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Thread: 8x10 camera question

  1. #1

    Join Date
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    8x10 camera question

    Hi-
    I was interested in doing 8x10. Can anyone tell me a good set up to start with. (Camera , lens etc.) I will be doing portraits and then contact printing as I have a darkroom already.

    Thanks
    in Advance
    Scott

  2. #2
    Vaughn's Avatar
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    Re: 8x10 camera question

    Kodak 2D 8x10's are a reasonable way to go. As long as the camera is in good condition and its bellows light tight, it would be one of the cheaper ways to jump into it. They can be a little wobbly, but there are ways to reinforce them. A little heavy perhaps, but not too bad and fine for portraits.

    What sort of light will you be using (studio stobes, hot lights, natural light)? That info is handy to know for determining the shutter type. Then, what kind of portraits -- head and shoulders, full body, groups? That will inform us about what focal length lens might be good to start with. Anywhere from 300mm (12") to 480mm (19") would be contenders.

    Then there is regular, sharp focus lenses, then there are soft-focus portrait lenses.

    A big can-o-worms you have open here!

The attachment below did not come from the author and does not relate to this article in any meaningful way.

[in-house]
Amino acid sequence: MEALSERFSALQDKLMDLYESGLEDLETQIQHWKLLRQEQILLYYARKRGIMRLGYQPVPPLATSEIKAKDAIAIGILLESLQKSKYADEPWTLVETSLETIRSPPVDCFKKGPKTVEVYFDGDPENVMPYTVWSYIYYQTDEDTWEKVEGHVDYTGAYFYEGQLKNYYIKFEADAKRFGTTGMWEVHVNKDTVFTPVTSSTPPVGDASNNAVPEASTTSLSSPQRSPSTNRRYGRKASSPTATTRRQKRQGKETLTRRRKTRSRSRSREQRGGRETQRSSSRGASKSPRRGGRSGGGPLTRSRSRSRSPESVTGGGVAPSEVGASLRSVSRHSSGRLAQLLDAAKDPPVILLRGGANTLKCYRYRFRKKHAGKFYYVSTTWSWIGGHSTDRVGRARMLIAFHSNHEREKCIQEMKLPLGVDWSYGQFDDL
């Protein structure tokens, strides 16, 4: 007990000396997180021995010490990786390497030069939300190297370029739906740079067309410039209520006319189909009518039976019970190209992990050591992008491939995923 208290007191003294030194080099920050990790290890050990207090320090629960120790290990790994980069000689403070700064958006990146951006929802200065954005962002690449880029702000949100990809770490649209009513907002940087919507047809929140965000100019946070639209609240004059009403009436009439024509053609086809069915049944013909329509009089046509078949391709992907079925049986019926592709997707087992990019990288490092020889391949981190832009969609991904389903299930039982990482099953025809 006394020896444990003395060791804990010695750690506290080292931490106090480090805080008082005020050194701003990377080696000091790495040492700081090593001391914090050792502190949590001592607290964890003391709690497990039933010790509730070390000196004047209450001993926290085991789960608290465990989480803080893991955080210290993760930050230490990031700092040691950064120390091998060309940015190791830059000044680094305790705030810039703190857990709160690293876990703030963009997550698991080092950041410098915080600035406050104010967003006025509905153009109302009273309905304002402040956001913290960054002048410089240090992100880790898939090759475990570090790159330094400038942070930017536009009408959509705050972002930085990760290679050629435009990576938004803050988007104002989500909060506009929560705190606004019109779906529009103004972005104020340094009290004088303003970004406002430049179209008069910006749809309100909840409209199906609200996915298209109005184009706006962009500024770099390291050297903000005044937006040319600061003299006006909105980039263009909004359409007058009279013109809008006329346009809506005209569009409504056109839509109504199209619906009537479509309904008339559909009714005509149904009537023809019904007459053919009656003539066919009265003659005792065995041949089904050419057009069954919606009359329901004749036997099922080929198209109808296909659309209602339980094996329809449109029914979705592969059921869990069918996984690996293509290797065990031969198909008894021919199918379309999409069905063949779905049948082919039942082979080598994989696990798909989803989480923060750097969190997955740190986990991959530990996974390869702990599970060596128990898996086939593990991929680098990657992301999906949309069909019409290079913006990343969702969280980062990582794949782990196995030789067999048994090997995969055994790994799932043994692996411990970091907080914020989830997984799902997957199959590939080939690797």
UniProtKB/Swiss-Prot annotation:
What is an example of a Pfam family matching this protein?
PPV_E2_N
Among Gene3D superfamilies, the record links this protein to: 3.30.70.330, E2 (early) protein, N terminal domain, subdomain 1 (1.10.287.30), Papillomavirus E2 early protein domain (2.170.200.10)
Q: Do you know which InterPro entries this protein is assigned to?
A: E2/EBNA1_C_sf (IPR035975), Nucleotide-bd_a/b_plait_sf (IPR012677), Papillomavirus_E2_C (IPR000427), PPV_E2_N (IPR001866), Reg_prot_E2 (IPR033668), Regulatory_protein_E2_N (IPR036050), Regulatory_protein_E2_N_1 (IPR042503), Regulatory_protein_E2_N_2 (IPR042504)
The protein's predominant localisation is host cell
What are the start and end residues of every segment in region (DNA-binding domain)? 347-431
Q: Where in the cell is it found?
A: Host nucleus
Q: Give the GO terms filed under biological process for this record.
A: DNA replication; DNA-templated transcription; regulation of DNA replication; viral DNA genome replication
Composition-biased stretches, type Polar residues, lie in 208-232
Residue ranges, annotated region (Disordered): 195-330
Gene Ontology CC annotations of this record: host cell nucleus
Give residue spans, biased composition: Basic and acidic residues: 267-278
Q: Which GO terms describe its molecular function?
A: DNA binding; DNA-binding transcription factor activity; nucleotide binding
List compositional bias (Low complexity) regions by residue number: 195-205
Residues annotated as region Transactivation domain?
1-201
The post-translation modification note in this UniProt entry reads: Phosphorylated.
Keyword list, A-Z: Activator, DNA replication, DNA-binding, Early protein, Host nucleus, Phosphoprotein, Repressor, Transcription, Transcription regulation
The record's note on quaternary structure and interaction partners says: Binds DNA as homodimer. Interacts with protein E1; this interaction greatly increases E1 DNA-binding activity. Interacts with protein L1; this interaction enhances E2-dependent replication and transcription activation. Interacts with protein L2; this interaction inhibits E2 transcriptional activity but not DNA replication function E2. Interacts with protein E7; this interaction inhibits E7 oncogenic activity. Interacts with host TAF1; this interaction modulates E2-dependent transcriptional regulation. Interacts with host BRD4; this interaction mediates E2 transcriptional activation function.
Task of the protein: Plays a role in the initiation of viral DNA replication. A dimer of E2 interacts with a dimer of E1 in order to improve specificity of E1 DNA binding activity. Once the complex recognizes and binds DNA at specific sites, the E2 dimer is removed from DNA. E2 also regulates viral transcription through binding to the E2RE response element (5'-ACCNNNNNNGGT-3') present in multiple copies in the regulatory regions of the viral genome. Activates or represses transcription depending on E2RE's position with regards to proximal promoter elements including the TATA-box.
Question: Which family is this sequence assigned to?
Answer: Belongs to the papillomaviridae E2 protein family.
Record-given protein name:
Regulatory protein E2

Vaughn

  3. #3

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    Re: 8x10 camera question

    Wide open question.

    Have you ever shot with 8x10? Do you like tight portraits, or environmental portraits?

    Best place to start is with the lens selection, then attach a camera that you like. For portraits you don't need a ton of camera movements.

    Me, I tend to do environmental portraits (full length) so use a 240 mm lens.

    If you want tight facial images, a 360 mm lens is a good starting point.

    I use a KB Canham, but there are so many 8x10 cameras to use. For portrait work, I suggest the simpler the better.
    When I grow up, I want to be a photographer.

    http://www.walterpcalahan.com/Photography/index.html

  4. #4

    Re: 8x10 camera question

    For pure portraiture an old portrait camera like a 2D will serve well, and be pretty cost effective. If you are of a mind it is a great camera for a packard shutter and old portrait lenses. It isn't, however, the worlds greatest field camera, and in the field you will soon be yearning for something lighter and more compact with more movements. The sky is the limit when you start down that road. FWIW I think a 2D is a good place to dip a toe into 8x10, and being relatively cheap and popular, you will get good value from owning it if you start with a good deal in the first place, keeping in mind what I wrote previously.

  5. #5

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    Re: 8x10 camera question

    Another excellent starter camera is an Agfa/Ansco 8x10. These have much larger front lensboards than the Kodak 2d, and thus allow a big packard shutter behind the lensboard.

  6. #6

    Re: 8x10 camera question

    Starter options for 8x10 portraiture are basically older, cheaper cameras. I'd try and get a Calumet C-1 myself (cheap with long bellows and reduction back).